Interactive: Karachi’s killing fields

Wracked by endemic political violence and crime, Karachi is the world’s most dangerous megacity.

Karachi interactive

Karachi interactive
Screengrab from AJE interactive showing homicide data for Karachi, 2011-2012

Click on the image to launch the interactive

Karachi, a sprawling metropolis in Pakistan’s south, is one of the world’s largest cities. Estimates put the city’s population at more than 14 million (with some claiming it is as high as 20 million), putting it just outside the top 10 largest urban agglomerations in the world, according to the UN .

Of the world’s 13 largest cities, Karachi is the most dangerous, according to data compiled by Al Jazeera.

Crime statistics gathered from governments, police departments and the UN show that Karachi has the highest homicide rate of the world’s 13 largest cities, coming in at 12.3 per 100,000 residents. Karachites often brush off the particularly violent nature of their city as being a byproduct of living in any major urban area in the developing world. But Karachi is exceptional; amongst megacities (with populations of more than 13 million), no other city’s homicide rate comes within 25 per cent of Karachi’s.

Karachi’s murder rate is comparable to the Brazilian city of Sao Paolo’s in the mid-2000s, when it was wracked with violence linked to organised crime and drugs, and was widely regarded as one of the most dangerous cities in the world. But Karachi’s story, a mix of crime (organised and otherwise) and political violence , remains largely unheard.

Exceptional in the region

More on Karachi’s violence from Asad Hashim

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Karachi’s violence is also exceptional in its region. Mumbai (in India) is often held up as an example of a sister-city to Karachi – a major South Asian urban area comprising more than 15 million residents, with endemic problems of governance, poverty and organised criminal gangs operating with links to locally influential political parties.

In 2011, there were 202 murders in Mumbai. In Karachi, there were 1,723.

Delhi (the Indian capital), the next closest major urban centre in South Asia had 543. In the first five months of 2012, there had already been 661 homicides in Karachi.

Haris Gazdar, the director of the Karachi-based Collective for Social Science Research, told Al Jazeera that this is because Karachi presents a hybrid case: in the porous boundary between criminal groups and mainstream political parties, it is similar to other South Asian cities, but it displays the same levels of violence as seen in many Latin American cities, where organised crime has long ravaged major cities.

“Karachi is a bit different – it’s a little bit like the Latin American cities, which have maybe half the population living in unplanned segments and they have their own systems [of service delivery]. Karachi is a bit different to South Asian cities [as well] in that it has a lot more violence,” he said.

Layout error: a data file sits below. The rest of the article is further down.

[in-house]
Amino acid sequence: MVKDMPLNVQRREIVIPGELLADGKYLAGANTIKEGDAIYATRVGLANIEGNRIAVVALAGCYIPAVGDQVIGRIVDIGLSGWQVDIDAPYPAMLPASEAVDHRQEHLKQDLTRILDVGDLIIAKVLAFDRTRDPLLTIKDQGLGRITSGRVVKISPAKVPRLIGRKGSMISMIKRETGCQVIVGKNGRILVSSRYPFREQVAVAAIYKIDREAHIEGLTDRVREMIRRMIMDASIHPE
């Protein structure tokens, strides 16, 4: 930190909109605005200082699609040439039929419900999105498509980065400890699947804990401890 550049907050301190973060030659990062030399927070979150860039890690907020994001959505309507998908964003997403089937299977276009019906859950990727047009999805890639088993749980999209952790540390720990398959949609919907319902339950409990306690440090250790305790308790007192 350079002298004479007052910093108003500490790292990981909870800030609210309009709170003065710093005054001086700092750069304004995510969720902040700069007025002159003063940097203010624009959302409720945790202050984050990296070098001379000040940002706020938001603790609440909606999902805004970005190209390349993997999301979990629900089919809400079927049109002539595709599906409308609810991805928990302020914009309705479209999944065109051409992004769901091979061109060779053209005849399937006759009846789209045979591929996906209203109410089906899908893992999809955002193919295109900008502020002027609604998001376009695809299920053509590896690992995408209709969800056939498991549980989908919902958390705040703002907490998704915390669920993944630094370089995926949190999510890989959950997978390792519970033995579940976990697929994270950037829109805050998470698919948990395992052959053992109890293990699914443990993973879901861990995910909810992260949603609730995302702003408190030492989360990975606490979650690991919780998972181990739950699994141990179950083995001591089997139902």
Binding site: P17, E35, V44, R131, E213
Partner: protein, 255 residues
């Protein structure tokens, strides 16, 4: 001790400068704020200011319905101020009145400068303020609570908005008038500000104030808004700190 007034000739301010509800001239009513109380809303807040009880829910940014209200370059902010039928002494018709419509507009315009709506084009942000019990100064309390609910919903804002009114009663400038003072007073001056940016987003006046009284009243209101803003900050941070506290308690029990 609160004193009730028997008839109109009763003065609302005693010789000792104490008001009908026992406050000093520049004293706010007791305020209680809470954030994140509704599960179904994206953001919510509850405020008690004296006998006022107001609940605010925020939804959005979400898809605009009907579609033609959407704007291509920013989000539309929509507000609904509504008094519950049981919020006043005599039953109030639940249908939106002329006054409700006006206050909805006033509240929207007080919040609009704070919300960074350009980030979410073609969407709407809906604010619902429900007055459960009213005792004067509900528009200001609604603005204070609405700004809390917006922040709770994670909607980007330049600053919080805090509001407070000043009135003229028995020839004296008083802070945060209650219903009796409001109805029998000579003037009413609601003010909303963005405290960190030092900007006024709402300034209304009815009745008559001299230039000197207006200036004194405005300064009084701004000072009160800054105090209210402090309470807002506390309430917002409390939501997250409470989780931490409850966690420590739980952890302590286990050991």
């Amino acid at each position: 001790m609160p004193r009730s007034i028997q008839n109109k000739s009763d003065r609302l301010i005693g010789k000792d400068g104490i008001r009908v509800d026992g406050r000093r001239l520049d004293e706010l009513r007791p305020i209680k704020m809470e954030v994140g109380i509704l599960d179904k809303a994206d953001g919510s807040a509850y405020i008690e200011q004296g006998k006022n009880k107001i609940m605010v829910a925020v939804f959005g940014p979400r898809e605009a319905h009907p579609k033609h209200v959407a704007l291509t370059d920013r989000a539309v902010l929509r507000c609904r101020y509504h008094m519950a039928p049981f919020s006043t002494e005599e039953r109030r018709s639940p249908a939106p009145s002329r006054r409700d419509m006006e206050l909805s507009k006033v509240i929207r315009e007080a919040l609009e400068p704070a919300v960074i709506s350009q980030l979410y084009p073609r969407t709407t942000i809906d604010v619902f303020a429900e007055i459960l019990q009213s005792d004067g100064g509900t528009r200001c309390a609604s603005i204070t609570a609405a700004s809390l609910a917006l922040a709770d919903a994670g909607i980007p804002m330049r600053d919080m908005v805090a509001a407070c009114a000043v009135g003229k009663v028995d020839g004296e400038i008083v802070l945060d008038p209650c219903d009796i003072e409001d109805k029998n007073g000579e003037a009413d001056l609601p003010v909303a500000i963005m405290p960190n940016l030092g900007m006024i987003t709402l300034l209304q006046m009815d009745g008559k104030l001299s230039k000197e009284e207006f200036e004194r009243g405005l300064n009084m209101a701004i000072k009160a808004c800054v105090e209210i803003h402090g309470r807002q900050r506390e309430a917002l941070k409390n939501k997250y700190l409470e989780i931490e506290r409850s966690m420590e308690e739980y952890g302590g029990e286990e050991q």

“It has similar levels of violence as Latin American cities, but is different in that it has mainstream political parties who are also stakeholders, so in that way it’s a bit more South Asian.”

Finally, to put the numbers in perspective, consider this: in July and August last year, a period which saw a particular spike in political and violence based on land issues, there were 545 homicides in Karachi. That’s more than there were in the entire year in New York City (515).

How to use this interactive

This interactive illustrates homicide data for the years 2011 and 2012, broken down by police station, letting you explore a map of the city’s violence. Each red/blue circle represents a police station, and the number within it is the number of homicides which occurred within its remit. Click on the circle to see detailed data for each police district.

The default view shows you the city’s most dangerous districts. To get deeper into the data, click on the arrow in the top right corner. From there, you can explore the Detailed Homicide Data tab, which will show you all of the city’s police stations, as well as administrative and electoral maps of the city.

Of particular note is how homicides are clustered around certain areas in the city’s central and south zones – both key battlegrounds and strongholds for political parties and criminal gangs. The levels of violence in certain areas are staggering: the Pirabad police station, for example, registered 140 murder cases between January 1, 2011 and August 31, 2012 – that is more cases than were registered in the entire city of London, the capital of the United Kingdom, in 2011.

Pirabad is located in Orangi Town, a key site of contestation between the Muttahida Qaumi Movement (MQM) and the Awami National Party (ANP), as well an area where there is a high degree of activity in the informal land sector. Other notably dangerous districts, such as Orangi Town (116 homicides), Baldia Town (103) and Kala Kot (66) also correspond to sites of political contestation.

Much of Karachi’s violence is linked to political parties: click on the sliding menu at the bottom of the interactive to see homicide data broken down by political party.

Finally, this is a living document – it is currently updated with figures from January 1, 2011, to August 31, 2012, and will be continually updated to reflect the city’s ongoing bouts of political and other violence. All data is gathered through the Citizens-Police Liasion Committee (CPLC), a watchdog organisation that works closely with Karachi’s police and the provincial government. 

Click here, or the image at the top of this article, to launch the interactive.

Follow Asad Hashim on Twitter: @AsadHashim

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